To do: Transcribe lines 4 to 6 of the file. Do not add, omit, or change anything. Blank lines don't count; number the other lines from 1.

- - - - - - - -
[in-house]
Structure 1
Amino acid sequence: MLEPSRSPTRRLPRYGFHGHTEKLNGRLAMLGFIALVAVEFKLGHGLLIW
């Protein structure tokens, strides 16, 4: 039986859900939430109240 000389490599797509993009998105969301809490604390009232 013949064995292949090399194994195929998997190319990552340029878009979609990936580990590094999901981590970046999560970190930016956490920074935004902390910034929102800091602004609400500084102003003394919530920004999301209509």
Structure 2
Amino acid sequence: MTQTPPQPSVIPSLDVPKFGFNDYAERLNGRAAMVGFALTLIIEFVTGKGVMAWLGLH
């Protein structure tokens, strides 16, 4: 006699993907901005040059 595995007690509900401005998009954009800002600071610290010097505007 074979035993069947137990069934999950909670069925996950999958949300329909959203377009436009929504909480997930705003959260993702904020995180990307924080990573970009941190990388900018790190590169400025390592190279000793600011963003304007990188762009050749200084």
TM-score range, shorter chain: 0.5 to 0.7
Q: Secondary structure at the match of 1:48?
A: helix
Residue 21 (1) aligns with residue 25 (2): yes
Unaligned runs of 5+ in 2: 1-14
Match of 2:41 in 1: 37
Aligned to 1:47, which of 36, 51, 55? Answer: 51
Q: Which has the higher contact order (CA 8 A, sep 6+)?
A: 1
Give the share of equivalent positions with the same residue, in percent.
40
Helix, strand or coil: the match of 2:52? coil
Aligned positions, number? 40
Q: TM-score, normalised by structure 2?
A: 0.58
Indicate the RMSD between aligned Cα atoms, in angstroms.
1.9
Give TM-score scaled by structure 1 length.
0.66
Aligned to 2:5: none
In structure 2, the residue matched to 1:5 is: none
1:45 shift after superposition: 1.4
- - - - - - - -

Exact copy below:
């Protein structure tokens, strides 16, 4: 039986859900939430109240 000389490599797509993009998105969301809490604390009232 013949064995292949090399194994195929998997190319990552340029878009979609990936580990590094999901981590970046999560970190930016956490920074935004902390910034929102800091602004609400500084102003003394919530920004999301209509």
Structure 2
Amino acid sequence: MTQTPPQPSVIPSLDVPKFGFNDYAERLNGRAAMVGFALTLIIEFVTGKGVMAWLGLH